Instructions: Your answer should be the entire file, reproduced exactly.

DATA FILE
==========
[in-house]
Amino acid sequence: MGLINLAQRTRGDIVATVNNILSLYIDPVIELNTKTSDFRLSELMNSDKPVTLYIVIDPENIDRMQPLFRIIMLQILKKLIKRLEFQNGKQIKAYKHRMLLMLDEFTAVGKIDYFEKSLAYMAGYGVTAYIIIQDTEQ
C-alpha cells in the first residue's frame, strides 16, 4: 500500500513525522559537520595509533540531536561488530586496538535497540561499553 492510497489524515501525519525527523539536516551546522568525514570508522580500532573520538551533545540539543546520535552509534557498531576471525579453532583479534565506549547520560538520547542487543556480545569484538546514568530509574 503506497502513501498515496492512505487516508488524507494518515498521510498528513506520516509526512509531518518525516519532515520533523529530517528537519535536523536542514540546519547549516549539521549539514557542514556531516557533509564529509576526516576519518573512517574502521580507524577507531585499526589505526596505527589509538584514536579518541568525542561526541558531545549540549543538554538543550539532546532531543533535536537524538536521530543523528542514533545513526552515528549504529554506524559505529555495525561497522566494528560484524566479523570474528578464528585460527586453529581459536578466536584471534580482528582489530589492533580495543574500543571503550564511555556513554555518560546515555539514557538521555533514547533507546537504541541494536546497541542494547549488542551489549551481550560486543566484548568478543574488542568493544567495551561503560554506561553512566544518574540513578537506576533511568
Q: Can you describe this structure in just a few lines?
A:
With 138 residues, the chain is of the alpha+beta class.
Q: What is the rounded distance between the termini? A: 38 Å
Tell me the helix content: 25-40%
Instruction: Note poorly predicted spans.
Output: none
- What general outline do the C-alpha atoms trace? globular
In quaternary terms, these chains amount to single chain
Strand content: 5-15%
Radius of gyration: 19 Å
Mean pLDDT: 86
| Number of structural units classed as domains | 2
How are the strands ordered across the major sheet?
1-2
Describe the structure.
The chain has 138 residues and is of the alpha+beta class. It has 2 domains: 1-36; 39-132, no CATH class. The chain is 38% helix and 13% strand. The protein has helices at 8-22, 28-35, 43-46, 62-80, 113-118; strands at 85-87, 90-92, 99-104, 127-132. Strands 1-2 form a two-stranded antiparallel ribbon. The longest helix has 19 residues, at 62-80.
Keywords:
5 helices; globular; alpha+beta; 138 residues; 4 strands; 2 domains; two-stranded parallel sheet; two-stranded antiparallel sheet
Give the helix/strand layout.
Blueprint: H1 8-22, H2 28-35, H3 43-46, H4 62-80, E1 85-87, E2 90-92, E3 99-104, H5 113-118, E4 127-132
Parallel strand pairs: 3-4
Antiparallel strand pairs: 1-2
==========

[in-house]
Amino acid sequence: MGLINLAQRTRGDIVATVNNILSLYIDPVIELNTKTSDFRLSELMNSDKPVTLYIVIDPENIDRMQPLFRIIMLQILKKLIKRLEFQNGKQIKAYKHRMLLMLDEFTAVGKIDYFEKSLAYMAGYGVTAYIIIQDTEQ
C-alpha cells in the first residue's frame, strides 16, 4: 500500500513525522559537520595509533540531536561488530586496538535497540561499553 492510497489524515501525519525527523539536516551546522568525514570508522580500532573520538551533545540539543546520535552509534557498531576471525579453532583479534565506549547520560538520547542487543556480545569484538546514568530509574 503506497502513501498515496492512505487516508488524507494518515498521510498528513506520516509526512509531518518525516519532515520533523529530517528537519535536523536542514540546519547549516549539521549539514557542514556531516557533509564529509576526516576519518573512517574502521580507524577507531585499526589505526596505527589509538584514536579518541568525542561526541558531545549540549543538554538543550539532546532531543533535536537524538536521530543523528542514533545513526552515528549504529554506524559505529555495525561497522566494528560484524566479523570474528578464528585460527586453529581459536578466536584471534580482528582489530589492533580495543574500543571503550564511555556513554555518560546515555539514557538521555533514547533507546537504541541494536546497541542494547549488542551489549551481550560486543566484548568478543574488542568493544567495551561503560554506561553512566544518574540513578537506576533511568
Q: Can you describe this structure in just a few lines?
A:
With 138 residues, the chain is of the alpha+beta class.
Q: What is the rounded distance between the termini? A: 38 Å
Tell me the helix content: 25-40%
Instruction: Note poorly predicted spans.
Output: none
- What general outline do the C-alpha atoms trace? globular
In quaternary terms, these chains amount to single chain
Strand content: 5-15%
Radius of gyration: 19 Å
Mean pLDDT: 86
| Number of structural units classed as domains | 2
How are the strands ordered across the major sheet?
1-2
Describe the structure.
The chain has 138 residues and is of the alpha+beta class. It has 2 domains: 1-36; 39-132, no CATH class. The chain is 38% helix and 13% strand. The protein has helices at 8-22, 28-35, 43-46, 62-80, 113-118; strands at 85-87, 90-92, 99-104, 127-132. Strands 1-2 form a two-stranded antiparallel ribbon. The longest helix has 19 residues, at 62-80.
Keywords:
5 helices; globular; alpha+beta; 138 residues; 4 strands; 2 domains; two-stranded parallel sheet; two-stranded antiparallel sheet
Give the helix/strand layout.
Blueprint: H1 8-22, H2 28-35, H3 43-46, H4 62-80, E1 85-87, E2 90-92, E3 99-104, H5 113-118, E4 127-132
Parallel strand pairs: 3-4
Antiparallel strand pairs: 1-2